Forbidden to fail students, a fourth-grade teacher in Baton Rouge has filed suit against the principal, superintendent and school board. Sheila Goudeau, a teacher for 20 years, says teachers were told to make 60 percent the lowest score and D the lowest grade, no matter how poorly students had performed. She claims the principal harassed her for protesting the policy.
Setting a minimum score at 60 percent (or 50 percent) is becoming common. The theory is that students will try to improve a 60 percent but will give up if their average is so low that they can’t possibly raise it to a passing grade. On the other hand, why try if you’ll be passed along anyhow?
My honors chemistry teacher let us retake tests to raise our grades, if we thought we could do better. My daughter’s journalism teacher let students rewrite assignments to raise their grades. It seems fair to let students wipe out bad marks by proving they’ve mastered the material. Pretending they’ve learned fourth-grade work and are ready for fifth grade is setting kids up for failure, as Goudeau says. That’s failure with a D, I guess.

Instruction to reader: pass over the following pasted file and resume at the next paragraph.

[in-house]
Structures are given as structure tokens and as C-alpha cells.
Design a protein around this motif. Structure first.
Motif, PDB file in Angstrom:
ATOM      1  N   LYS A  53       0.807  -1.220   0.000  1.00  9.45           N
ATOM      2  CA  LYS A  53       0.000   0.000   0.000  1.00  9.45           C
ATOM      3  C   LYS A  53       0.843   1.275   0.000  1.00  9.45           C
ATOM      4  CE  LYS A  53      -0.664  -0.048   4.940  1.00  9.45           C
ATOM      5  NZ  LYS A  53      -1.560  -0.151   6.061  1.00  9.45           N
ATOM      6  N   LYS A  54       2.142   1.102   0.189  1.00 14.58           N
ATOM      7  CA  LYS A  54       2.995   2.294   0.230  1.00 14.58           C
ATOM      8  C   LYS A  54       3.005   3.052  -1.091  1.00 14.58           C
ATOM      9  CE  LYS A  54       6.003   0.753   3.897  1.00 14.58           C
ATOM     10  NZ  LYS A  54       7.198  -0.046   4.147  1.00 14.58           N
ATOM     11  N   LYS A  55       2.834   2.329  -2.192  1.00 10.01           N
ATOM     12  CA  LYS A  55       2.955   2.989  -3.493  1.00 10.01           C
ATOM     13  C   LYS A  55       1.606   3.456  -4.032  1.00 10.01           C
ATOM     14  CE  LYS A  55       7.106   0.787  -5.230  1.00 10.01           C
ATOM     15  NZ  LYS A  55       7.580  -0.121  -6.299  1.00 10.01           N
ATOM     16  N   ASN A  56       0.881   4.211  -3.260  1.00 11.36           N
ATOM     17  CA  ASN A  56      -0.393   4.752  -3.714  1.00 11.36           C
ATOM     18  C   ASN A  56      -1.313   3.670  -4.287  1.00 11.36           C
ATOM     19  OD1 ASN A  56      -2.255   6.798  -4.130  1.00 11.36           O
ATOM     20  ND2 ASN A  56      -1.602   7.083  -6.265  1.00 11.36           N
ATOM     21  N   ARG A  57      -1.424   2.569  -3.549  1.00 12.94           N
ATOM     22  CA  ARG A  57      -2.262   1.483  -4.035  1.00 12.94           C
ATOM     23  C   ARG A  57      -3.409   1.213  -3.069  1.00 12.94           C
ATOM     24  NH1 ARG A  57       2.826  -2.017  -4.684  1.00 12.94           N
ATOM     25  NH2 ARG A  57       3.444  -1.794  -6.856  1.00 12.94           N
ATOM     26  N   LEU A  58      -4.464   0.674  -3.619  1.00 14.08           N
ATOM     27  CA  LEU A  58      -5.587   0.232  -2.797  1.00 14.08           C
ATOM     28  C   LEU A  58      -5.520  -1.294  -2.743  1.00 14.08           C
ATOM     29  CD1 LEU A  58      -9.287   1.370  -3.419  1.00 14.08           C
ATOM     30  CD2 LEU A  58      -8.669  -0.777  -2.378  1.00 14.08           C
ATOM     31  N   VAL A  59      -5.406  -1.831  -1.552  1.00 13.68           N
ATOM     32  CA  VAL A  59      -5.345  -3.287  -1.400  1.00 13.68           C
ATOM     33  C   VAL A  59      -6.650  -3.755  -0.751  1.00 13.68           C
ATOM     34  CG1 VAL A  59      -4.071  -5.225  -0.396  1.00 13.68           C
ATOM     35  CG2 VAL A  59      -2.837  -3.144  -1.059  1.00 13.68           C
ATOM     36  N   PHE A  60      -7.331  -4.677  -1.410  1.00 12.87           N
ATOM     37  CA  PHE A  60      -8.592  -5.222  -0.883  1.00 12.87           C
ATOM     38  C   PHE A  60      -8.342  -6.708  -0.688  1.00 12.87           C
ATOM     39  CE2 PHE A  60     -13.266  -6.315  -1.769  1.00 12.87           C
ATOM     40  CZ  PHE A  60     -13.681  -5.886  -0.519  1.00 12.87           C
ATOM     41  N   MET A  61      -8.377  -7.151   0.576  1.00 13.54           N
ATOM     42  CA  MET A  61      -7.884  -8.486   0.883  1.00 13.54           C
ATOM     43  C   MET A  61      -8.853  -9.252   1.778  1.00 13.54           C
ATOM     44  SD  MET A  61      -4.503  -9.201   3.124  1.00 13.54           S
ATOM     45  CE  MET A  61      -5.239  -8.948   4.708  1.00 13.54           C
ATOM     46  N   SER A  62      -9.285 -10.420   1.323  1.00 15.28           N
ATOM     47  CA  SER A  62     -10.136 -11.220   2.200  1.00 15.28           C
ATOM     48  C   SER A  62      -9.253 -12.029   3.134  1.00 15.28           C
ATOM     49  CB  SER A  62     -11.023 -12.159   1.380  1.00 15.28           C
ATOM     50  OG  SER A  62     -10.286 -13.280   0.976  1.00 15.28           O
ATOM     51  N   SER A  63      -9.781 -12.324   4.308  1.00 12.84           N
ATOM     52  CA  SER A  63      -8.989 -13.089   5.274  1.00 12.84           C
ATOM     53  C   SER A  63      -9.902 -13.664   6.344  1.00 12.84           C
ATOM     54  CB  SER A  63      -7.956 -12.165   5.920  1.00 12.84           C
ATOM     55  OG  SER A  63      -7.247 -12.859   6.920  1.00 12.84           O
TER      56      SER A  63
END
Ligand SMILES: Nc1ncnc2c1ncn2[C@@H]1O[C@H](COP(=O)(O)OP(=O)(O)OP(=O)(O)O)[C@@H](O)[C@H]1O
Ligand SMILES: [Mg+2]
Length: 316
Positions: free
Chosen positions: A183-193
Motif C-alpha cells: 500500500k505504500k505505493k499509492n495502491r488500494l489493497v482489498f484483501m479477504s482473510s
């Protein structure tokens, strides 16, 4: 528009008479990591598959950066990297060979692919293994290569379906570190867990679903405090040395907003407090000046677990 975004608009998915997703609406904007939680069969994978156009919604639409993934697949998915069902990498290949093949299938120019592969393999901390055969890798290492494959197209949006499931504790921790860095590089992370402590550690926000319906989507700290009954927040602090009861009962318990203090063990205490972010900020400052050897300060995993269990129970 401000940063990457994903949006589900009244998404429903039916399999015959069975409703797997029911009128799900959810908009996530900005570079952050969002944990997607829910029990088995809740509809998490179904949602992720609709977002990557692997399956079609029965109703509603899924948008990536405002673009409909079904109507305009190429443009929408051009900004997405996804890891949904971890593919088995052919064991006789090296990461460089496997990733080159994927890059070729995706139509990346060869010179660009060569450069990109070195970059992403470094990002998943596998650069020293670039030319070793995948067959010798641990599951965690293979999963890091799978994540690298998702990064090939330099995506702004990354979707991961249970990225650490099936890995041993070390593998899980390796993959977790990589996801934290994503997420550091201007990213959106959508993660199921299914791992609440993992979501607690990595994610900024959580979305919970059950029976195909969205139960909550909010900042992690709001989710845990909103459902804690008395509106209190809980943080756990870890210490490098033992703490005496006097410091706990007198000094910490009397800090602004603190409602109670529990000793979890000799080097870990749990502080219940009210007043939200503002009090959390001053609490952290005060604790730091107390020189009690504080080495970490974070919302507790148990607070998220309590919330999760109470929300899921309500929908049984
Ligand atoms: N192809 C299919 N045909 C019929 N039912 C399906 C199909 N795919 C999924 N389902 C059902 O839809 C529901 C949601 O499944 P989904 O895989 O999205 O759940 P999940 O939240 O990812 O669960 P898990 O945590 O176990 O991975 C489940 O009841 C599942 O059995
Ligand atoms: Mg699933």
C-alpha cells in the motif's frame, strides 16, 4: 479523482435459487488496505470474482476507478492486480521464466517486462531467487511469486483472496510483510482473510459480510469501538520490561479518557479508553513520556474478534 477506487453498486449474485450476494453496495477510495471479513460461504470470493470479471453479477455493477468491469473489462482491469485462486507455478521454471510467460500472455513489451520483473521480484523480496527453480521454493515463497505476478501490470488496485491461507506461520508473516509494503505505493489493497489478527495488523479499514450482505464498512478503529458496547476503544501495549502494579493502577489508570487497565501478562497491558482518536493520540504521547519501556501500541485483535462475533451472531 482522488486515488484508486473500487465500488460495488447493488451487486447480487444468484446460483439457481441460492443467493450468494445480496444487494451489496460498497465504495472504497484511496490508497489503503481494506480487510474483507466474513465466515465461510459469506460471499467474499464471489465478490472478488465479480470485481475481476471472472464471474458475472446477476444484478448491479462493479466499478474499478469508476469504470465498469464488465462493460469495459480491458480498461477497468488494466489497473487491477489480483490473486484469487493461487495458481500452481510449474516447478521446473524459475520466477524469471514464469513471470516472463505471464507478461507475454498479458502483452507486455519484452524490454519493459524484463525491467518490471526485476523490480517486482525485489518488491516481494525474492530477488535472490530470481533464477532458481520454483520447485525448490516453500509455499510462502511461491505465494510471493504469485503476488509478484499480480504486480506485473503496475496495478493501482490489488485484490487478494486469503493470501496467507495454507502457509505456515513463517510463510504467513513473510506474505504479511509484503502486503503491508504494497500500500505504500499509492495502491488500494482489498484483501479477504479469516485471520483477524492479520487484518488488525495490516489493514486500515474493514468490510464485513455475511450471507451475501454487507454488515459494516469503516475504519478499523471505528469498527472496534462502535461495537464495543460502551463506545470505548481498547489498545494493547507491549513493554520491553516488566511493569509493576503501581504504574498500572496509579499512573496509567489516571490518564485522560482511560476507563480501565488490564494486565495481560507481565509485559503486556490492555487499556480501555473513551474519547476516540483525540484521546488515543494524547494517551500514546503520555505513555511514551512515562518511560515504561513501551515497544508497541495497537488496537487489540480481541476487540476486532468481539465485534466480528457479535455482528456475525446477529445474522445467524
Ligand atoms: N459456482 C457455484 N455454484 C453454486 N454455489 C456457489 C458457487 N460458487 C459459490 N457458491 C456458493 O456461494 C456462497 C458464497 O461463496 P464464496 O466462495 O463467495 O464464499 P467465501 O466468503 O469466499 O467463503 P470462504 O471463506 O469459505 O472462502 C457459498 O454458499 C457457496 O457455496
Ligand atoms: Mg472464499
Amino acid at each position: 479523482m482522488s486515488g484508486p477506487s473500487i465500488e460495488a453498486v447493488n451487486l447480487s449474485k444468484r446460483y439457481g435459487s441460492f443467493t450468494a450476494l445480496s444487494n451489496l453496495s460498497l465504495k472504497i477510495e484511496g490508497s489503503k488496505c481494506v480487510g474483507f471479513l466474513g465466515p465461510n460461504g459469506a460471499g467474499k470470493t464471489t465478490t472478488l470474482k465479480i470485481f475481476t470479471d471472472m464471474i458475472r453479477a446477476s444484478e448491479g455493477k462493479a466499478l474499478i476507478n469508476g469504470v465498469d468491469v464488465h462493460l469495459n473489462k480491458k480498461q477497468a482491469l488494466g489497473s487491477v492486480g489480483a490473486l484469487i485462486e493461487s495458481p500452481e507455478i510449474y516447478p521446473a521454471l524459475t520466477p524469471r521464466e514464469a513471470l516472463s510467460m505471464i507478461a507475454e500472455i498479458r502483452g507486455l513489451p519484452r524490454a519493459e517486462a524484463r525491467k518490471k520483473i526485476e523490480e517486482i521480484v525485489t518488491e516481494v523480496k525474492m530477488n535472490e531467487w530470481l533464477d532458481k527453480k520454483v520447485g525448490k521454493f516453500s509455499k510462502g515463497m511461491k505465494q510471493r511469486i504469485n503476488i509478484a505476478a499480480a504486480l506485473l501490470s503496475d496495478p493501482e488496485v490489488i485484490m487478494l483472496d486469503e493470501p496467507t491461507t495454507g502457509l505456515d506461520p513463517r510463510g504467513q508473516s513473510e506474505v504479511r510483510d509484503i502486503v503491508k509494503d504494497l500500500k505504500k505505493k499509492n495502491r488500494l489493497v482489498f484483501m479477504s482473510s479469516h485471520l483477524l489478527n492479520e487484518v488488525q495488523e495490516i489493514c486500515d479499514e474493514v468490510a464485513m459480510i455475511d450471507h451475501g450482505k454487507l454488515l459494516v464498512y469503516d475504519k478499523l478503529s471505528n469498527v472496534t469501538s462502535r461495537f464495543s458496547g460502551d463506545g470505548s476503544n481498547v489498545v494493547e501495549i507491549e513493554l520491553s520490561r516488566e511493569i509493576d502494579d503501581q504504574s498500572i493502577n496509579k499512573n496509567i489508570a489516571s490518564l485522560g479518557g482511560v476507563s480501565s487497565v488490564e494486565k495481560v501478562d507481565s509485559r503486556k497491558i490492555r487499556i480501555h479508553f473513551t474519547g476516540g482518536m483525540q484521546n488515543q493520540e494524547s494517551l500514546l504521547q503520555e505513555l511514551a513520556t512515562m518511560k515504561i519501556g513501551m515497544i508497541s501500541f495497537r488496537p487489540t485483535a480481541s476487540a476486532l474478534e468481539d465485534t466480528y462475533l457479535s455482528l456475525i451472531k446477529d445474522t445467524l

In checking out Downtown College Prep’s new web site, I saw the story of Pauline Fernandez, who moved in with neighbors in 12th grade after her mother’s death from a brain tumor. “Pauline wants to learn; not just earn credits. In fact, she asked one math teacher to fail her so she could take the class again to get a better grasp of the concepts.” An ’08 DCP graduate, Pauline goes to community college and works two jobs to support herself. She plans to transfer to San Jose State to complete a four-year degree. That was her mother’s dream. (The book is here.)